Jeff Jacoby
Jeff Jacoby
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Pundicity: Informed Opinion and Review

Latest Articles

If you can pay for aspirin, you can pay for birth control

October 11, 2017  •  The Boston Globe

IT HAS BEEN 52 years since the Supreme Court ruled, in Griswold v. Connecticut, that government may not ban anyone from using contraceptives. The freedom to use birth control is protected by the Constitution's "fundamental right" to privacy. That freedom is a matter of settled law, and hasn't been challenged in the slightest by President Trump or his administration.

But you wouldn't know that from the hysteria that erupted when the White House last week acted to uphold the conscience claims of employers who object to funding some types of contraception on sincere moral or religious grounds.

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Abusive gerrymandering can be stopped, but not by judges

October 4, 2017  •  The Boston Globe

Two of the oldest traditions in US political history are at the heart of Gill v. Whitford, a case now before the Supreme Court.

One of those traditions is gerrymandering — the mapping of legislative districts so that they become one-party monopolies. The other tradition is condemning such mapmaking as a cancer on American democracy.

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'Lies' in political campaigns should be refuted, not prosecuted

October 1, 2017  •  The Boston Globe

In a unanimous decision two years ago, the Massachusetts Supreme Judicial Court struck down a state law that had criminalized the making of "any false statement" in a political campaign. Such a law was plainly incompatible with fundamental free speech rights under the US Constitution and the Massachusetts Declaration of Rights, and the SJC said so. The proper response to a political falsehood isn't to prosecute, but to counter the lie with the truth, the court held. In a democracy, it is up to voters to decide what is true and false in political rhetoric: "Citizenry, not government, should be the monitor of falseness in the political arena."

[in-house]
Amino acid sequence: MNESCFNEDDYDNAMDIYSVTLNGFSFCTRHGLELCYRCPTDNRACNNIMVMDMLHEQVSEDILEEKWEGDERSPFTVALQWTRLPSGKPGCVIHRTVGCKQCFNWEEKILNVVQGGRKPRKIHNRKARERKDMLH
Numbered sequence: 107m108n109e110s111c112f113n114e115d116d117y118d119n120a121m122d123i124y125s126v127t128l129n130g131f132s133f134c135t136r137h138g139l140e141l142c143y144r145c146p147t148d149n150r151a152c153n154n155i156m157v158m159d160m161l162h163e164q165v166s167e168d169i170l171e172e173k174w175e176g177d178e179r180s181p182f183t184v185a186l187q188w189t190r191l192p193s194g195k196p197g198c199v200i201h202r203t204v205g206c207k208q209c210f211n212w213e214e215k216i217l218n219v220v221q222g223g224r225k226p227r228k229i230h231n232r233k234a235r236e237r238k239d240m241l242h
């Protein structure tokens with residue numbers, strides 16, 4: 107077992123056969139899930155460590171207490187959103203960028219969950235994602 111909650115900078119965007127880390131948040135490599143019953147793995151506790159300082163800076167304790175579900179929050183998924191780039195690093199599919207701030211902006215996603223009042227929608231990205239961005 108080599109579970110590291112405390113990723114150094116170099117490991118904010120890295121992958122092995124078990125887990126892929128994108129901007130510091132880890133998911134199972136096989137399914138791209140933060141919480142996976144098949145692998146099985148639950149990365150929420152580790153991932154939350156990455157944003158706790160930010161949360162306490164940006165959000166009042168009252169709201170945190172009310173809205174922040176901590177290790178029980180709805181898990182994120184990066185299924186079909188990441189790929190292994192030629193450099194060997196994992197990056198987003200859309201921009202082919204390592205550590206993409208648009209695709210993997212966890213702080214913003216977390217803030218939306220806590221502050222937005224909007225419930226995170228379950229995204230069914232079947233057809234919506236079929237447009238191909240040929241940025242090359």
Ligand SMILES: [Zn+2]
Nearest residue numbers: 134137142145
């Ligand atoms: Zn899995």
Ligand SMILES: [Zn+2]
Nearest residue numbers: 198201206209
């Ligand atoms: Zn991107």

That case was styled Commonwealth v. Melissa Lucas.

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Let's stop taking the national anthem out to the ballgame

September 27, 2017  •  The Boston Globe

THEY DON'T sing "The Star-Spangled Banner" when the president delivers his State of the Union message, or when Congress convenes, or when Supreme Court justices assemble for oral arguments. The national anthem isn't played at the lighting of the National Christmas Tree or the awarding of the Pulitzer Prizes. It isn't sung at the opening of Broadway plays, or when the first voters show up on Election Day. Worship services in church don't include the national anthem. Neither do movies or Black Friday sales.

So what is it doing at sporting events?

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As Kurds vote for independence, Americans should cheer

September 20, 2017  •  The Boston Globe

IN A LANDMARK referendum next Monday, Iraqi Kurdistan will vote on whether to declare independence. The outcome is not in question. Iraq's Kurds have been largely self-governing for 25 years, but they yearn to be sovereign in a state of their own, just like the region's other great ethnic and linguistic groups — Arabs, Turks, Persians, Jews.

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